"'A few days more, and I drop the white petals down among the grass, and, lo! there are the green tiny berries! Carefully I hold them up to the sun; carefully I gather the dew in the summer nights; slowly they ripen; they grow larger and redder and darker, and at last they are black, shining, delicious. I hold them as high as I can for the little boy, who comes dancing out. He shouts with joy, and gathers them in his dear hand; and he runs to share them with his mother, saying, "Here is what the patient blackberry-bush bore for us: see how nice, mamma!"

"'Ah! then indeed I am glad, and would say, if I could, "Yes, take them, dear little boy; I kept them for you, held them long up to the sun and rain to make them sweet and ripe for you"; and I nod and nod in full content, for my work is done. From the window he watches me and thinks, "There is the little blackberry-bush that was so kind to me. I see it and I love it. I know it is safe out there nodding all alone, and next summer it will hold ripe berries up for me to gather again."'"

* * * * *

Then the wee boy smiled, and said he liked the little story. His mother took him up in her arms, and they went out to supper and left the blackberry-bush nodding up and down in the wind; and there it is nodding yet.


[16] From Celia Thaxter's Stories and Poems for Children.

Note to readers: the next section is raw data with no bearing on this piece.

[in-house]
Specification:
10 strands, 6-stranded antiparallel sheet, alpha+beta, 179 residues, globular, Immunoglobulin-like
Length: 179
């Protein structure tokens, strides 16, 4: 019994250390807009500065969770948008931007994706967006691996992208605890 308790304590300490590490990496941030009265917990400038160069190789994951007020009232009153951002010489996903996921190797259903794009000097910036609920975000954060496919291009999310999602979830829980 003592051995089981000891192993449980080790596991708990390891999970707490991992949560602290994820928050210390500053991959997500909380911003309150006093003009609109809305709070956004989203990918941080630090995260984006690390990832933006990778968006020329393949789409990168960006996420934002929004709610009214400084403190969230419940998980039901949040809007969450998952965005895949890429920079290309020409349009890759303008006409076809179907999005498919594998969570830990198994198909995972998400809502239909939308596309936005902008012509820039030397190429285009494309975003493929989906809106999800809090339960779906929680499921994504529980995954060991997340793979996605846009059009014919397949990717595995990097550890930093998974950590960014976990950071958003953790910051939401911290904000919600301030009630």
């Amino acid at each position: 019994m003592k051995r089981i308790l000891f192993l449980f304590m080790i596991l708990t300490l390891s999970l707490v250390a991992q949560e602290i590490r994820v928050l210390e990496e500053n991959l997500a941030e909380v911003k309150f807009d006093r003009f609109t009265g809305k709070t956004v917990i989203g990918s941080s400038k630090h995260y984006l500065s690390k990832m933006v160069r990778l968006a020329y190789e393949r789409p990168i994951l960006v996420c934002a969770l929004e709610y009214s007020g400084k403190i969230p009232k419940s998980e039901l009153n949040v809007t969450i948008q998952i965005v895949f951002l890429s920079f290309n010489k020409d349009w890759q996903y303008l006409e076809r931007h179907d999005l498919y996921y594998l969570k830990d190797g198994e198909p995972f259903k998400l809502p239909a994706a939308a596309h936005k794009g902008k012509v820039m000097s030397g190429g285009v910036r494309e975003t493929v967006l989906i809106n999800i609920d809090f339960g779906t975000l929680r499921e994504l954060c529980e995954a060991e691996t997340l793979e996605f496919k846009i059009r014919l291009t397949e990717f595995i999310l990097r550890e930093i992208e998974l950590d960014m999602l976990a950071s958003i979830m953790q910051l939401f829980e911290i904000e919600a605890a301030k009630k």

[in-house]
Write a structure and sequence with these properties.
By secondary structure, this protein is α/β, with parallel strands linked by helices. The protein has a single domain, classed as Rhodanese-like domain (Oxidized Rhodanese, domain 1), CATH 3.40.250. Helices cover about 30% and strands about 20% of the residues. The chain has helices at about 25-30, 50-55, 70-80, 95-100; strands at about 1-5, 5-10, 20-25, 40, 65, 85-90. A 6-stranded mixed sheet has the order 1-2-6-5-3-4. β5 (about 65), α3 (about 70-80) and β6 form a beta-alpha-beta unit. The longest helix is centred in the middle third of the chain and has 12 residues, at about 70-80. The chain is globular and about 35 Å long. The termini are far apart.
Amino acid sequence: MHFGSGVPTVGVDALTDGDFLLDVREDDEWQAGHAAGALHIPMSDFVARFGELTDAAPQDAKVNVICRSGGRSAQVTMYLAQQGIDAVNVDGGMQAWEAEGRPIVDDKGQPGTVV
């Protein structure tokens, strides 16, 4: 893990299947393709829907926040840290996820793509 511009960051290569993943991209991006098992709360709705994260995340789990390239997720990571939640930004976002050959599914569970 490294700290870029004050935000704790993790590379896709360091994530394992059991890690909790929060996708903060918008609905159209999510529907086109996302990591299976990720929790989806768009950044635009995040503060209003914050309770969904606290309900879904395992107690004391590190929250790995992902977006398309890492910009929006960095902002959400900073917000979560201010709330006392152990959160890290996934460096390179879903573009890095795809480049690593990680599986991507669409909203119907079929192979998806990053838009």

Up the airy mountain, Down the rushy glen, We daren't go a-hunting For fear of little men. Wee folk, good folk, Trooping all together; Green jacket, red cap, And white owl's feather!

Down along the rocky shore Some make their home— They live on crispy pancakes Of yellow tide-foam; Some in the reeds Of the black mountain-lake, With frogs for their watch-dogs, All night awake.

High on the hilltop The old King sits; He is now so old and gray, He's nigh lost his wits. With a bridge of white mist Columbkill he crosses, On his stately journeys From Slieveleague to Rosses; Or going up with music On cold starry nights, To sup with the Queen Of the gay Northern Lights.

They stole little Bridget For seven years long; When she came down again Her friends were all gone. They took her lightly back, Between the night and morrow; They thought that she was fast asleep, But she was dead with sorrow. They have kept her ever since Deep within the lake, On a bed of flag-leaves, Watching till she wake.

By the craggy hillside, Through the mosses bare, They have planted thorn-trees, For pleasure here and there. Is any man so daring As dig them up in spite, He shall find their sharpest thorns In his bed at night.